Only Three Out of the Last 45 Losing V.P. Nominees Have Gone on to Lead Tickets
Only One of Them Won the Presidency...
By Jon Ponder on 11/18/2008, 12:50pm PT  

Guest blogged by Jon Ponder, Pensito Review.

Within hours after Election Day 2008 was over, the punditocracy had moved on to speculation about 2012 and the political future of Alaska Gov. Sarah Palin, the Republican vice presidential nominee, whom many conservatives consider to be the next GOP frontrunner.

If history is a guide, however, chances are next to nil that Palin will survive the primaries in four years, and even if she does, her odds of winning the presidency are even slimmer. In fact, based on past performances of losing vice presidential nominees over the last 180 years (see chart below), Sarah Palin's chances of becoming president at any point in the future are 45 to 1, at best.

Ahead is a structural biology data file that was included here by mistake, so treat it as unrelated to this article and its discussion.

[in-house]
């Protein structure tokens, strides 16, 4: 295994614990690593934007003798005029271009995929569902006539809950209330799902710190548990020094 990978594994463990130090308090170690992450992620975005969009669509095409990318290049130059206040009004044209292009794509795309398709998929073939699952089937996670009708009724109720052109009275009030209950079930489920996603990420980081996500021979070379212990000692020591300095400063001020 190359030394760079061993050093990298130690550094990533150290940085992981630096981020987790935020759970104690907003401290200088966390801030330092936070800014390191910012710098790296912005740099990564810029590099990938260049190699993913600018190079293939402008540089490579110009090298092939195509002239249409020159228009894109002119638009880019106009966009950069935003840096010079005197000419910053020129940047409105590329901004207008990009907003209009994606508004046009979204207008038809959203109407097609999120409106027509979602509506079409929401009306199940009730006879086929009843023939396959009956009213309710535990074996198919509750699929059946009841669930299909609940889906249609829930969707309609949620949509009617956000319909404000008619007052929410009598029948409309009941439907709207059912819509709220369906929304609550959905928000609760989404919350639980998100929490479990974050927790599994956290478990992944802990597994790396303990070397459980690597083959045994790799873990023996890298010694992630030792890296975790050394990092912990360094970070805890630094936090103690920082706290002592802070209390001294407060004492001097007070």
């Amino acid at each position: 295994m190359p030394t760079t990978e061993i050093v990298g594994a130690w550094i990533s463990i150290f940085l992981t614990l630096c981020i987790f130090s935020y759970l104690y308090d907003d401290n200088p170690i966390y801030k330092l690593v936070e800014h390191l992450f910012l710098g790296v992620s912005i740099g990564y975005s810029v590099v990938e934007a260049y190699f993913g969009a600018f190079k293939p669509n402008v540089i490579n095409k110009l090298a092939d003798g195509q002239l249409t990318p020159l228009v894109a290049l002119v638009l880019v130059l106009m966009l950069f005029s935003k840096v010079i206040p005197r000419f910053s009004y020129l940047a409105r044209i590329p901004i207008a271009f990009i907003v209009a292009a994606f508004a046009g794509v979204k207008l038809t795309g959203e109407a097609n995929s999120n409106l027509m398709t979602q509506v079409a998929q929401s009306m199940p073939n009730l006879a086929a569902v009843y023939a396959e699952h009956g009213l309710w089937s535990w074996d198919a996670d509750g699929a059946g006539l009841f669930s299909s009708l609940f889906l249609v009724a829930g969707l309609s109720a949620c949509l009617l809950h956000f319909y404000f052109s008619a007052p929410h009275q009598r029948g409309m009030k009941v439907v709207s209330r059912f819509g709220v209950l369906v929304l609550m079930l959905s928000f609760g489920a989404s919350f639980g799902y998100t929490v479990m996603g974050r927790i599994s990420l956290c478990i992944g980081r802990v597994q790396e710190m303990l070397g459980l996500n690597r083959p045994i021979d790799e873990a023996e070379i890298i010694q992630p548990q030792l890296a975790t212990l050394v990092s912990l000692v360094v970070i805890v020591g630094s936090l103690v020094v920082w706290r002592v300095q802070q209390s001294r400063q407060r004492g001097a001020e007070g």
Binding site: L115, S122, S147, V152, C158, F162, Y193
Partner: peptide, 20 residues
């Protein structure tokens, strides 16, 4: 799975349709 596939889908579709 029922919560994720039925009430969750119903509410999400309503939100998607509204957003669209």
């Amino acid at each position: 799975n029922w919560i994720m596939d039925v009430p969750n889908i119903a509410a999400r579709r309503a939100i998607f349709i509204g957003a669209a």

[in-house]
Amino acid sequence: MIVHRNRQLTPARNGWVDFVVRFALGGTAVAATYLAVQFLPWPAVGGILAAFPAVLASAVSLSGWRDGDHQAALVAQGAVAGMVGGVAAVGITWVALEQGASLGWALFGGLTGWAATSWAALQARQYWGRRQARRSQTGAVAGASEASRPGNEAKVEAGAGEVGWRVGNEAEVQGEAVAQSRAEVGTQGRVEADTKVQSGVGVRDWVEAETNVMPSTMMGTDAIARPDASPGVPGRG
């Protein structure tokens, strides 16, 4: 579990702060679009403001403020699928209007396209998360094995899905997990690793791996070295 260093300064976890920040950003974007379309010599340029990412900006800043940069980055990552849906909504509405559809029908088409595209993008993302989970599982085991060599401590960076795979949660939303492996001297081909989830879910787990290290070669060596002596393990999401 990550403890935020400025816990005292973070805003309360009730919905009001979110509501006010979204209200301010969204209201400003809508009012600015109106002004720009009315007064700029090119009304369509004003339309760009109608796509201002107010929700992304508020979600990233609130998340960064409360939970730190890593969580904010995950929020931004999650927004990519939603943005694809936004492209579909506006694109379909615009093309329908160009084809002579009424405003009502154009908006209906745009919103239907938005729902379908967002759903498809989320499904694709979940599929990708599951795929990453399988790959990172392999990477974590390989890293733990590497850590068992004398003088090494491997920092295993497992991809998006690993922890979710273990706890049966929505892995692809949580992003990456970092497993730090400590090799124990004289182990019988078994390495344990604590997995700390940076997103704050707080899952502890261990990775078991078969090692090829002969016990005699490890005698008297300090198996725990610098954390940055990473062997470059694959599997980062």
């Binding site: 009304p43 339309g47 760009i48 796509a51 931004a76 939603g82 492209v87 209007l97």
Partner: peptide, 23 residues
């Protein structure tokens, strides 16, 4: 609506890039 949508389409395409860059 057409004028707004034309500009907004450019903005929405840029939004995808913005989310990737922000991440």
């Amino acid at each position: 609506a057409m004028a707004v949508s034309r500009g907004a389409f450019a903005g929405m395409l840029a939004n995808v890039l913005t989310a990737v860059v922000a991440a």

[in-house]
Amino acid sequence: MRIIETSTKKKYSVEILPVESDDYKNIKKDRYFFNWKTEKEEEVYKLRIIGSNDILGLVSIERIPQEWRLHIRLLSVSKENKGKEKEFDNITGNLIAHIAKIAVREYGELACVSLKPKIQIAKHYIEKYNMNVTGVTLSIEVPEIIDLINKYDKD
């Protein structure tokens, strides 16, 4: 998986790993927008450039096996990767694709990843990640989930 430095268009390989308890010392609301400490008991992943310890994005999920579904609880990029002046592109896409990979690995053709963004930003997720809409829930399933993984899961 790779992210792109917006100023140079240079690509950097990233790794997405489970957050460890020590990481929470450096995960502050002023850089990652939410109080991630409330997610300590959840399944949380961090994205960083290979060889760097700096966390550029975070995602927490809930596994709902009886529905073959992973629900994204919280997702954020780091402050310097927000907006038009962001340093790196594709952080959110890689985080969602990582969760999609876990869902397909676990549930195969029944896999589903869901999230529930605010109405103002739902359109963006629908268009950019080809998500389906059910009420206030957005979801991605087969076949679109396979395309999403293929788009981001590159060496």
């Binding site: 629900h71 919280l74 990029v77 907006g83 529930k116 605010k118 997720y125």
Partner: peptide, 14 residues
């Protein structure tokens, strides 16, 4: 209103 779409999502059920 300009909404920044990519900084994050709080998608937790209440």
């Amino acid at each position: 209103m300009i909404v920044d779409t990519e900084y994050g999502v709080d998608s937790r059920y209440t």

It is not uncommon for losing vice presidential nominees to run for the big job, of course. Most recently John Edwards (who lost with John Kerry in 2004) and Joe Lieberman (Gore, 2000) have run unsuccessful primary campaigns. In the 2000 election, former Vice Pres. Dan Quayle, whose ticket with the senior Pres. Bush was defeated by Bill Clinton in 1992, briefly ran against George W. Bush and John McCain in the GOP primaries.

Other losing vice presidential nominees who later ran but failed to be nominated include Democrat Edmund Muskie, who lost to Richard Nixon on the ticket with Vice Pres. Hubert Humphrey in 1968; Republican Earl Warren, the former California governor and eventual Supreme Court chief justice, who ran with Thomas E. Dewey against Pres. Harry Truman, who won reelection in 1948; and Nicholas M. Butler, running mate to GOP Pres. William H. Taft, who lost to Woodrow Wilson in 1912.